The bankrupt Clinton’s exited (with the silverware) the White House and since sold America with such pecuniary profitability as to garner a $300 million net worth. If (Thank God she lost!) Crooked Hillary had won, you asshats would be blind, deaf and dumb on the CGI and would ignore the fact that the Clinton’s NW would have grown from $300 million to $3 billion.

If it were not for double standards, you people would have no standards at all.

28 Rich Berger January 15, 2017 at 6:00 pm

Here’s a violence fomenting trifecta:

BTW on the last one, you can filter through the WH logs to see the visits (I see more than 340). POTUS was there 34 times. That’s the kind of President Obama is (soon to be was).

You’re welcome

29 don't do it January 15, 2017 at 12:28 pm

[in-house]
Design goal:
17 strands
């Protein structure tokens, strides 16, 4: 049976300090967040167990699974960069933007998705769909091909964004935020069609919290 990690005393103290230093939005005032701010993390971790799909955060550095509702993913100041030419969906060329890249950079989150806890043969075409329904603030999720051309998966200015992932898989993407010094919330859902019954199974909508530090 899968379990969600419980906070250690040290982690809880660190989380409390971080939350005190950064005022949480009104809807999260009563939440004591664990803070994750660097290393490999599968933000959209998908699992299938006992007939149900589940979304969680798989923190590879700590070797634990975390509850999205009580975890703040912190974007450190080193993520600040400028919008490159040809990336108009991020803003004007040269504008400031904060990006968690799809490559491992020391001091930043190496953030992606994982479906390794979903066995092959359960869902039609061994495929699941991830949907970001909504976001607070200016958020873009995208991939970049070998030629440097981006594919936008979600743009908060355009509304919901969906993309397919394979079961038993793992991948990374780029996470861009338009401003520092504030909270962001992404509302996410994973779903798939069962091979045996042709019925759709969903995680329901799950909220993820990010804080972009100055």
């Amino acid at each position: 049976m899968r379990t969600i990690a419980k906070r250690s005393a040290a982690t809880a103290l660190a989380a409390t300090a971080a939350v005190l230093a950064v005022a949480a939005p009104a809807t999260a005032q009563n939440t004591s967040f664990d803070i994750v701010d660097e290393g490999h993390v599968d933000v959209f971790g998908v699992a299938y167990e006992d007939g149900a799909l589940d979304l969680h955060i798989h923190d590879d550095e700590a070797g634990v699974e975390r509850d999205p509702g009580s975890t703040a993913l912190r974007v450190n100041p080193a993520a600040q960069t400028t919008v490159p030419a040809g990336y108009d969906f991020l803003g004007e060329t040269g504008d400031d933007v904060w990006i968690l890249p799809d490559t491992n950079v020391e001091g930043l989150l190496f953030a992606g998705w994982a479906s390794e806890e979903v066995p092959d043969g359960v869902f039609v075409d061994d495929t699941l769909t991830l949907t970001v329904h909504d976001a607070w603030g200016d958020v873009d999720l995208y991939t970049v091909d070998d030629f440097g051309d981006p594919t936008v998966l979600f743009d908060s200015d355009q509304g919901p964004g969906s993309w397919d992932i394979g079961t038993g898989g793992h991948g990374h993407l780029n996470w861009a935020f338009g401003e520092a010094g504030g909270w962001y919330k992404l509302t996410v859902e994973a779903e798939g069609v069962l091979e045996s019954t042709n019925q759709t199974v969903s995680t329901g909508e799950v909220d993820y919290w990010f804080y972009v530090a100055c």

It’s cute, but please take Strauss out of the title for 5. He isn’t mentioned in the article and we really don’t need another round of fanciful linkages between him and unpopular presidents, especially on this topic.

That same painting is on the cover of Mansfield’s translation of Democracy in America…

30 Jay January 15, 2017 at 12:36 pm

“4. An Arkansas city won’t let them live in a $1500 trailer, minimum legal value there is $7500.”

This would make the socialists of San Francisco proud!

31 PD Shaw January 15, 2017 at 12:48 pm

5. “‘Bingham is a Whig Painter, using these images to depict a Democratic victory,’ says Adam Arenson, associate professor of history at Manhattan College in New York, and an expert on Missouri history. As a Whig, Bingham was anti-slavery while the Democratic Party, at the time, was either proslavery, or complicit in status-quo acceptance of it.”